A Florida federal jury on Wednesday found the operators of 53 skilled nursing facilities liable for more than $115 million in damages stemming from false claims they submitted to Medicare and Medicaid after pretending patients needed and received more care than they did.
A former guitarist for the band Boston is not entitled to attorneys’ fees after a jury found he did not violate trademark claims brought by the group’s founder over the way he was billed as an “original member” in a subsequent band, a Massachusetts federal judge said Thursday.
The New Jersey Appellate Division on Thursday rejected a widow's bid for attorneys' fees in a medical malpractice action over her husband's care, saying she did not preserve her claim to recover the legal expenses when the parties agreed to a maximum judgment of $1 million regardless of a jury's award.
Michael Jackson’s former manager Tohme Tohme took the stand at the IRS’ behest Thursday in the Los Angeles trial over the value of the late entertainer’s estate at the time of his death, testifying that Nike, Sony and others had licensing deals in the works when Jackson died.
The former international finance director at Dewey & LeBoeuf LLP testified in Manhattan criminal court on Thursday that one of two ex-Dewey executives facing a fraud retrial asked her to make accounting entries she thought were improper.
Chinese billionaire Ng Lap Seng told U.S. District Judge Vernon S. Broderick on Thursday that the McDonnell precedent requires prosecutors to detail what official acts were taken in exchange for Ng's payments, but the judge intimated that he was unlikely to dismiss the high-profile bribery case on those grounds.
A Pennsylvania federal jury is poised to begin deliberating whether Sprint has been infringing a patent held by cable giant Comcast over text messaging operations, after closing arguments wrapped up in the $153 million case on Thursday.
A Colorado billionaire who won a jury trial in an $88 million clawback suit aimed at recovering money invested in R. Allen Stanford’s $7 billion Ponzi scheme told a Texas federal judge on Wednesday the receiver for the fraud continues to use arguments rejected previously to force a judgment against him.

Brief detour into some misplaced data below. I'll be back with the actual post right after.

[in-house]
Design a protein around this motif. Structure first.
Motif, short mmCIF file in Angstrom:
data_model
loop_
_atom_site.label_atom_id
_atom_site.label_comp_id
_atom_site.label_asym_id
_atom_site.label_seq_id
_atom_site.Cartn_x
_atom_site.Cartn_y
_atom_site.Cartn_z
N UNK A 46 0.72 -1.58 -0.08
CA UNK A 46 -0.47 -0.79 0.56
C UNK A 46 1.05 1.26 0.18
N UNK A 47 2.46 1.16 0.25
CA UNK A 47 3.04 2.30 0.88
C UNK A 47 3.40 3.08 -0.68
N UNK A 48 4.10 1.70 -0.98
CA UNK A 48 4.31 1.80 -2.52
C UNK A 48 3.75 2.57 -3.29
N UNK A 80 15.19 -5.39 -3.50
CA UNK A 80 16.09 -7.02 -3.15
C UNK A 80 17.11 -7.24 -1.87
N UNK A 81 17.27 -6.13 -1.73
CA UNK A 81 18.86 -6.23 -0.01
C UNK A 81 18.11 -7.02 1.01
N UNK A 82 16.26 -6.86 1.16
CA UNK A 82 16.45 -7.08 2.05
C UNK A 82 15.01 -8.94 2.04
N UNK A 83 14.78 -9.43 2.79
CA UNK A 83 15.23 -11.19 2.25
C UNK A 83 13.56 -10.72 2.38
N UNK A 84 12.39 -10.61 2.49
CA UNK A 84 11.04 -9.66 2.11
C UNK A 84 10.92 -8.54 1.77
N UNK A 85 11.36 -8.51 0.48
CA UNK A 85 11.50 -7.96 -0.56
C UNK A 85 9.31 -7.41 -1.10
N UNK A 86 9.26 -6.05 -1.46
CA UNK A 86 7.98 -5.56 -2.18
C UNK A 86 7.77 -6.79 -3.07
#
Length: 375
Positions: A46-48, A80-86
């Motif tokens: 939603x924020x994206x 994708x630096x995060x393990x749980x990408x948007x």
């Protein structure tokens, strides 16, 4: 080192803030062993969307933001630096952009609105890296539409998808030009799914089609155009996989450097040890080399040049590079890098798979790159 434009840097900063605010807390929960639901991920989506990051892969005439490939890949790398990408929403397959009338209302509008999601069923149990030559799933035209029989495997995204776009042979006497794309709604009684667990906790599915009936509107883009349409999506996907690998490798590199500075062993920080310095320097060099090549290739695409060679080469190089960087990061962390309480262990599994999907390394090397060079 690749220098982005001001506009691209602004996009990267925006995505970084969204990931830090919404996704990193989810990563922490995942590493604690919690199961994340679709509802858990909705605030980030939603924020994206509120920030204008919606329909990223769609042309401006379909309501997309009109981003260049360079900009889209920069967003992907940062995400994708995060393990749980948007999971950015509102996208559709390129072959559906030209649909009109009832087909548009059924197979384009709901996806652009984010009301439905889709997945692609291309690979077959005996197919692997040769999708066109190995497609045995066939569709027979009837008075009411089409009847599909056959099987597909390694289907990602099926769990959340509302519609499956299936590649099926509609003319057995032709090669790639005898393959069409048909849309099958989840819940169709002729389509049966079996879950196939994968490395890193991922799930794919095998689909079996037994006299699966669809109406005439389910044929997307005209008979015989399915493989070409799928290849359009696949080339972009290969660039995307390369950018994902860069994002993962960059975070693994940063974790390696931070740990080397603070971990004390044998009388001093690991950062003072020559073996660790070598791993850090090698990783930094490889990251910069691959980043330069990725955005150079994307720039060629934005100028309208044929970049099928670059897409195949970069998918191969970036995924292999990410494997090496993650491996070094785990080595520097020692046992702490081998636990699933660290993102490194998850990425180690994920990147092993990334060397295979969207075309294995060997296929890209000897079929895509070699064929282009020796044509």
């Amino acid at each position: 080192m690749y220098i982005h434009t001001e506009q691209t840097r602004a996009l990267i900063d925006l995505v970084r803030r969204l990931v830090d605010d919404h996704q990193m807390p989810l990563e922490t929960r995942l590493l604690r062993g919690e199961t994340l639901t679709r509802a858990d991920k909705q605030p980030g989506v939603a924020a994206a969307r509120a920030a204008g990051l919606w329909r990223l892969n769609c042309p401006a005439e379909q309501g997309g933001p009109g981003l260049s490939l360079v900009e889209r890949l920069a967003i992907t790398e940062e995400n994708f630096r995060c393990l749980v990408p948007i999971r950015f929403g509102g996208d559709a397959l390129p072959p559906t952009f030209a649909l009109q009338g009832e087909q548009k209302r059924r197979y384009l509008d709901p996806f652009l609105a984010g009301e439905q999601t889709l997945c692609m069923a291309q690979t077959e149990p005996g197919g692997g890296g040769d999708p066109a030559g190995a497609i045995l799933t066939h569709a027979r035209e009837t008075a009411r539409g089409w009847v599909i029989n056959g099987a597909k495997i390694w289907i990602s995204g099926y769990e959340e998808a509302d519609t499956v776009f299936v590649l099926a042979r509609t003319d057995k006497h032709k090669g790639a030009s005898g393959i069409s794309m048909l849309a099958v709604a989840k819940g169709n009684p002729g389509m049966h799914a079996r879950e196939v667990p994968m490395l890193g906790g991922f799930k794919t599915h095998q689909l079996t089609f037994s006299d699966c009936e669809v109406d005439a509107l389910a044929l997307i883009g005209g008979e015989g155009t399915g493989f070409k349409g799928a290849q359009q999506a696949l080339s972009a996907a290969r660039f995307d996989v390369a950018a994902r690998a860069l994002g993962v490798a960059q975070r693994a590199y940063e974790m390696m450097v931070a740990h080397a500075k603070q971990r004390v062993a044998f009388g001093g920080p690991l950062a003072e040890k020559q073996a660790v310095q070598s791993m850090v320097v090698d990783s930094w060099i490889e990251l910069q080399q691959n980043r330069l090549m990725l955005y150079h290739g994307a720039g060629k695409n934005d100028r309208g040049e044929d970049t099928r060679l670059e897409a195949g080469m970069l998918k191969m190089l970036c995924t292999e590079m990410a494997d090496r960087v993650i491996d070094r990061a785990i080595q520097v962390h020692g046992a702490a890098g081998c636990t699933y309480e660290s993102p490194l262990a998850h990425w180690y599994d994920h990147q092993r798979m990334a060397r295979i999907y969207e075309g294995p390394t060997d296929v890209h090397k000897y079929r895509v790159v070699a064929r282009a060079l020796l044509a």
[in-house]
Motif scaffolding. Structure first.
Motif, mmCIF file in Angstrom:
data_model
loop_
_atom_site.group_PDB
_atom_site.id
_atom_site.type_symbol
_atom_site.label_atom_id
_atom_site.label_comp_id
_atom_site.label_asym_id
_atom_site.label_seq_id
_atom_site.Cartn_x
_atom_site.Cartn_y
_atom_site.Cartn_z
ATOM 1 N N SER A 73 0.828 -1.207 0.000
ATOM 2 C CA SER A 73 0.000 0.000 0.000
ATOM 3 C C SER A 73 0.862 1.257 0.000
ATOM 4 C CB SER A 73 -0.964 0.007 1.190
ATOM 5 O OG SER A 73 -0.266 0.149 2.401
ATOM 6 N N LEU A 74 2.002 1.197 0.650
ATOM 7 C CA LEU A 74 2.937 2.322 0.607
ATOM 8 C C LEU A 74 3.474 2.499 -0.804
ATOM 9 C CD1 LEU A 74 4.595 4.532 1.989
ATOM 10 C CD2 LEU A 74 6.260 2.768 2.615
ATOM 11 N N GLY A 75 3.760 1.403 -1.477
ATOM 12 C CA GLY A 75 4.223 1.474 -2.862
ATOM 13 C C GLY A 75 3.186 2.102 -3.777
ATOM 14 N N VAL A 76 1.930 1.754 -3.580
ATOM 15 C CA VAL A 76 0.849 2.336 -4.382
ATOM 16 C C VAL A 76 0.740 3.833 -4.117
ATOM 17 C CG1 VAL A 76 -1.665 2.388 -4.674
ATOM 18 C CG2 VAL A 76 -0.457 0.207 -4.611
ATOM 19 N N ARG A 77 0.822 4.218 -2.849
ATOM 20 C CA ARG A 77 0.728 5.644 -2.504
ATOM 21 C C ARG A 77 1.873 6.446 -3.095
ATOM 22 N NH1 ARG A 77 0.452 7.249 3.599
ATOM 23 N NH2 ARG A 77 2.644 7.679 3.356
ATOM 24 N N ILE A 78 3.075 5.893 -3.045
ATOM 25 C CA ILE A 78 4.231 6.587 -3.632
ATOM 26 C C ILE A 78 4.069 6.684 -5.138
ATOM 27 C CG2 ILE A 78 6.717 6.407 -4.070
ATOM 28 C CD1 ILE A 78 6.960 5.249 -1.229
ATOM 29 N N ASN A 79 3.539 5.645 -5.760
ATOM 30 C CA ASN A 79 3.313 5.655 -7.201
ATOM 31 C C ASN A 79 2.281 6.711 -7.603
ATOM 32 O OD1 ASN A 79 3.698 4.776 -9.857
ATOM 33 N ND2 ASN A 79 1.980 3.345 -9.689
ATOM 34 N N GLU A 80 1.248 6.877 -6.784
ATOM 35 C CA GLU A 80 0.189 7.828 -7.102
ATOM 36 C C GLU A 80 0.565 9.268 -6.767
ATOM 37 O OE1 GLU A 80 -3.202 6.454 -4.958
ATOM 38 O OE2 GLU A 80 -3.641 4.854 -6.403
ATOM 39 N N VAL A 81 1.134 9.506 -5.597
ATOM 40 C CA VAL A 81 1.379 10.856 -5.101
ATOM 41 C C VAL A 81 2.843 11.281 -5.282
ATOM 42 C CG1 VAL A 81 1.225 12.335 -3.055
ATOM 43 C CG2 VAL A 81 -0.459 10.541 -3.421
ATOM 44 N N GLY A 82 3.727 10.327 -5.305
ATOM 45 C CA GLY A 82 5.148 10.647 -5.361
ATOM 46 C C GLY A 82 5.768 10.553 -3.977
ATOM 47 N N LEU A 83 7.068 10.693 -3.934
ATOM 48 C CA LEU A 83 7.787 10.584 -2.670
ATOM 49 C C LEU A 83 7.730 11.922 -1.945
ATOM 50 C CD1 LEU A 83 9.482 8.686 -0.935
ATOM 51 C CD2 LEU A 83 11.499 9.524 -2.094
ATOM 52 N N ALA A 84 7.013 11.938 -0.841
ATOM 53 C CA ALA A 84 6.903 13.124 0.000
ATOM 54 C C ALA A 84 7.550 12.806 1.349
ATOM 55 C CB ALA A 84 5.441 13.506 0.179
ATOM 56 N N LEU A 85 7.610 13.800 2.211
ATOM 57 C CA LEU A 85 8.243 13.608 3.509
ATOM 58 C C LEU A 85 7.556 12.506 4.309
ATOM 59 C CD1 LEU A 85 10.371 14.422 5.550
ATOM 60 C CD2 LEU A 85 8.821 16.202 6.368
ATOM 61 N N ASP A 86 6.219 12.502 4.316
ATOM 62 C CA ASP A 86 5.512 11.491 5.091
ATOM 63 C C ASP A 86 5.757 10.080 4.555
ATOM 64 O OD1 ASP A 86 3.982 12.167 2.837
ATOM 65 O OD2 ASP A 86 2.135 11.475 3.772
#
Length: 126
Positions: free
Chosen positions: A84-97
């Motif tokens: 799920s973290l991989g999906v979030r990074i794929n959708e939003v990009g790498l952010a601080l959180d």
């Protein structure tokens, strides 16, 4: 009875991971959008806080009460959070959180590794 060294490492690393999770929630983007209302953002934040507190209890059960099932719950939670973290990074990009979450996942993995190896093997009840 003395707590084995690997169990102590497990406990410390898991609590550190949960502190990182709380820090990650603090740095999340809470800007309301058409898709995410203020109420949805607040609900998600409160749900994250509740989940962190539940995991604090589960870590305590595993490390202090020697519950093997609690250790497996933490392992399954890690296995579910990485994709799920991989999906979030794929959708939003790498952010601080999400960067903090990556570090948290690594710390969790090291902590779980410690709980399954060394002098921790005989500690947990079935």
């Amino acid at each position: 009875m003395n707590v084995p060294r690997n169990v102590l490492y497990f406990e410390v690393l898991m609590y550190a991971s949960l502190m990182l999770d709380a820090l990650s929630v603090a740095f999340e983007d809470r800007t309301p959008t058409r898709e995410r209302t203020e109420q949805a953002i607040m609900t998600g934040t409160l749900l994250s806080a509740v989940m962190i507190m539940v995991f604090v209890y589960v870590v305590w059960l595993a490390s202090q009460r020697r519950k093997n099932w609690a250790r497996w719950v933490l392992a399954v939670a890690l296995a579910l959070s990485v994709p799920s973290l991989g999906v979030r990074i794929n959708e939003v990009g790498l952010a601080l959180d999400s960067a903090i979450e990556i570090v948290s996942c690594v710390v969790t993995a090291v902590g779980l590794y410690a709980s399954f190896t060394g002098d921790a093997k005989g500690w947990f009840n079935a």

The Illinois federal judge overseeing a wrongful death lawsuit brought by the widow of a Reed Smith LLP partner said Thursday her complaint couldn't move forward on its claim that GlaxoSmithKline PLC had intended to harm its customers by failing to warn them about Paxil's ties to suicide.
A New York state judge on Thursday indicated he approved the nearly $10 million deal the state attorney general reached with former American International Group Inc. CEO Maurice “Hank” Greenberg and the insurer’s former chief financial officer, and will dismiss the long-running fraud case once the pair pay up.
The Florida Supreme Court declined Thursday to adopt a measure to bring state court standards for the admissibility of expert witnesses in line with federal courts, over concerns that doing so would undermine the right to a jury trial and inhibit access to the courts.
The Massachusetts compounding pharmacy linked to a deadly outbreak of meningitis was plagued with bugs, human hair and the chief pharmacist’s indifference to the problems, the company’s former quality control officer told a jury on Thursday during her former boss's murder trial.
A Boston hospital argued Wednesday that attempts by over-the-counter drug maker Perrigo Co. to overturn a $10.2 million Pepcid patent infringement verdict ignored the evidence presented to the jury.
The Second Circuit looked conflicted Thursday on whether a former New York City appellate lawyer's federal disability discrimination and retaliation claims merit a trial, with one judge appearing uncomfortable with a five-point performance review metric used to show the attorney the door in 2013.
A California federal judge overseeing the second day of a bench trial on whether Ericsson Inc. offered Chinese mobile phone developer TCL nondiscriminatory license terms for wireless technology standard-essential patents took the reins Wednesday in questioning TCL’s economics expert, pressing the witness on how to compare terms granted to other companies.
A Florida appeals court on Wednesday granted a request from the Miami-Dade Expressway Authority for a new trial judge in a $58 million suit brought by the designer of the county's cashless toll system, after concluding that the quasi-agency's motion to disqualify was both timely and legally sufficient.
A New Jersey federal judge on Wednesday found that Dr. Reddy’s Laboratories Inc.’s planned generic version of Helsinn Healthcare SA’s anti-nausea drug Aloxi infringes three patents for the drug and rejected Dr. Reddy’s contention that two of those patents are invalid.